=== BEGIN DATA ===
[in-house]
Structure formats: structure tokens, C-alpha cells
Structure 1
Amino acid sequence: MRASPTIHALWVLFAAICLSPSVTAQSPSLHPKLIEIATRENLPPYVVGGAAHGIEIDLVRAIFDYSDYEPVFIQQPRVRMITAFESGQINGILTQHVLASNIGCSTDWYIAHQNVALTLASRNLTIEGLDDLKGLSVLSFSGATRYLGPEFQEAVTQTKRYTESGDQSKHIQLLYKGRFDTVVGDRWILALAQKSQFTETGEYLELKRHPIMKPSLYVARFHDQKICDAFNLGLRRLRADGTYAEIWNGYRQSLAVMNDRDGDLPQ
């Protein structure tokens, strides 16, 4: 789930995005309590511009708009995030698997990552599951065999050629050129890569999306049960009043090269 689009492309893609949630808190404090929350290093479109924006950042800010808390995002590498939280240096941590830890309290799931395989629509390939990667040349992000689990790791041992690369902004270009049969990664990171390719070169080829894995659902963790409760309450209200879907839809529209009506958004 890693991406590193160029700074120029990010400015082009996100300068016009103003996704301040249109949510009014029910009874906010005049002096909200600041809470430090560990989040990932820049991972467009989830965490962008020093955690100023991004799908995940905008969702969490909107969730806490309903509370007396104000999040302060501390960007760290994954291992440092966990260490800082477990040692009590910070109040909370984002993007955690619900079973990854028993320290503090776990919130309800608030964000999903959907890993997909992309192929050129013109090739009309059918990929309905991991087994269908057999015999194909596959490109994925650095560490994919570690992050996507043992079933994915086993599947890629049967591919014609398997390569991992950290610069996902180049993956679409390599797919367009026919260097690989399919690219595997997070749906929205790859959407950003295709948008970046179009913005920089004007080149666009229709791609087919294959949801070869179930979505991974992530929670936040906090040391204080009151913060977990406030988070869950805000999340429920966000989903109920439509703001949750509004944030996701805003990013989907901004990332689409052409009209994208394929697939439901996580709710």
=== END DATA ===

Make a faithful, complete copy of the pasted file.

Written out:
[in-house]
Structure formats: structure tokens, C-alpha cells
Structure 1
Amino acid sequence: MRASPTIHALWVLFAAICLSPSVTAQSPSLHPKLIEIATRENLPPYVVGGAAHGIEIDLVRAIFDYSDYEPVFIQQPRVRMITAFESGQINGILTQHVLASNIGCSTDWYIAHQNVALTLASRNLTIEGLDDLKGLSVLSFSGATRYLGPEFQEAVTQTKRYTESGDQSKHIQLLYKGRFDTVVGDRWILALAQKSQFTETGEYLELKRHPIMKPSLYVARFHDQKICDAFNLGLRRLRADGTYAEIWNGYRQSLAVMNDRDGDLPQ
């Protein structure tokens, strides 16, 4: 789930995005309590511009708009995030698997990552599951065999050629050129890569999306049960009043090269 689009492309893609949630808190404090929350290093479109924006950042800010808390995002590498939280240096941590830890309290799931395989629509390939990667040349992000689990790791041992690369902004270009049969990664990171390719070169080829894995659902963790409760309450209200879907839809529209009506958004 890693991406590193160029700074120029990010400015082009996100300068016009103003996704301040249109949510009014029910009874906010005049002096909200600041809470430090560990989040990932820049991972467009989830965490962008020093955690100023991004799908995940905008969702969490909107969730806490309903509370007396104000999040302060501390960007760290994954291992440092966990260490800082477990040692009590910070109040909370984002993007955690619900079973990854028993320290503090776990919130309800608030964000999903959907890993997909992309192929050129013109090739009309059918990929309905991991087994269908057999015999194909596959490109994925650095560490994919570690992050996507043992079933994915086993599947890629049967591919014609398997390569991992950290610069996902180049993956679409390599797919367009026919260097690989399919690219595997997070749906929205790859959407950003295709948008970046179009913005920089004007080149666009229709791609087919294959949801070869179930979505991974992530929670936040906090040391204080009151913060977990406030988070869950805000999340429920966000989903109920439509703001949750509004944030996701805003990013989907901004990332689409052409009209994208394929697939439901996580709710």